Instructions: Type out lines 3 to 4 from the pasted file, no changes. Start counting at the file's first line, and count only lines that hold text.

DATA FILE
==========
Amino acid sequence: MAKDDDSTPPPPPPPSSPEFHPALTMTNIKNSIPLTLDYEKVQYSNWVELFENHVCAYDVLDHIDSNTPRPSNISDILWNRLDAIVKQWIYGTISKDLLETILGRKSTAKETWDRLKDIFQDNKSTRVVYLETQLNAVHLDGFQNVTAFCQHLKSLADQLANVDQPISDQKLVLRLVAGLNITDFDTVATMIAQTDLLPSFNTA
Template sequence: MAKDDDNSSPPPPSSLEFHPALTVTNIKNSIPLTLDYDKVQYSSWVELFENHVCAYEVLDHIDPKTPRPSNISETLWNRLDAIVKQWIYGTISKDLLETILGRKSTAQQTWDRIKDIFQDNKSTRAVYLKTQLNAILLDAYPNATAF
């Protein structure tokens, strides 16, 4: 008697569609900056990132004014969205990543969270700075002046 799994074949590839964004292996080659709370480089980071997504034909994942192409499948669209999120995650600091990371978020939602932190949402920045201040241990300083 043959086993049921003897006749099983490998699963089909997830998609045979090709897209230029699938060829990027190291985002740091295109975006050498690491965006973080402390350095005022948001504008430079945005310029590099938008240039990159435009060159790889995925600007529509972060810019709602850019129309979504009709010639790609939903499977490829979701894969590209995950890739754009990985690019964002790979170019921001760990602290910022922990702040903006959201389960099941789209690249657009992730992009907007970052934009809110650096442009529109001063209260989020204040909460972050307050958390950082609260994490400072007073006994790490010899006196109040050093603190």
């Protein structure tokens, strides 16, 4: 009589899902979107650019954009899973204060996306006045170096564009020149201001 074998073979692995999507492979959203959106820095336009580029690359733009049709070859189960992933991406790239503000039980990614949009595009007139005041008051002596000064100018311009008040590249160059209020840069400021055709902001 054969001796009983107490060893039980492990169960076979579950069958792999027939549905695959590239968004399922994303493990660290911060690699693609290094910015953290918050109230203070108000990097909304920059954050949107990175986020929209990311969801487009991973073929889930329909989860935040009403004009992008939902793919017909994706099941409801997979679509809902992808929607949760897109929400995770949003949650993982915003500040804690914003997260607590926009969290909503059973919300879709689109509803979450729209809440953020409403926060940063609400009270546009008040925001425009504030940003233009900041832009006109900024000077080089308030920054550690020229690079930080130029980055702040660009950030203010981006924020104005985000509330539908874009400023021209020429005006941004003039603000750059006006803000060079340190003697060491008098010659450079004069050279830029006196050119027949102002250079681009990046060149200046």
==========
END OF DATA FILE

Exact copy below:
């Protein structure tokens, strides 16, 4: 008697569609900056990132004014969205990543969270700075002046 799994074949590839964004292996080659709370480089980071997504034909994942192409499948669209999120995650600091990371978020939602932190949402920045201040241990300083 043959086993049921003897006749099983490998699963089909997830998609045979090709897209230029699938060829990027190291985002740091295109975006050498690491965006973080402390350095005022948001504008430079945005310029590099938008240039990159435009060159790889995925600007529509972060810019709602850019129309979504009709010639790609939903499977490829979701894969590209995950890739754009990985690019964002790979170019921001760990602290910022922990702040903006959201389960099941789209690249657009992730992009907007970052934009809110650096442009529109001063209260989020204040909460972050307050958390950082609260994490400072007073006994790490010899006196109040050093603190």
């Protein structure tokens, strides 16, 4: 009589899902979107650019954009899973204060996306006045170096564009020149201001 074998073979692995999507492979959203959106820095336009580029690359733009049709070859189960992933991406790239503000039980990614949009595009007139005041008051002596000064100018311009008040590249160059209020840069400021055709902001 054969001796009983107490060893039980492990169960076979579950069958792999027939549905695959590239968004399922994303493990660290911060690699693609290094910015953290918050109230203070108000990097909304920059954050949107990175986020929209990311969801487009991973073929889930329909989860935040009403004009992008939902793919017909994706099941409801997979679509809902992808929607949760897109929400995770949003949650993982915003500040804690914003997260607590926009969290909503059973919300879709689109509803979450729209809440953020409403926060940063609400009270546009008040925001425009504030940003233009900041832009006109900024000077080089308030920054550690020229690079930080130029980055702040660009950030203010981006924020104005985000509330539908874009400023021209020429005006941004003039603000750059006006803000060079340190003697060491008098010659450079004069050279830029006196050119027949102002250079681009990046060149200046």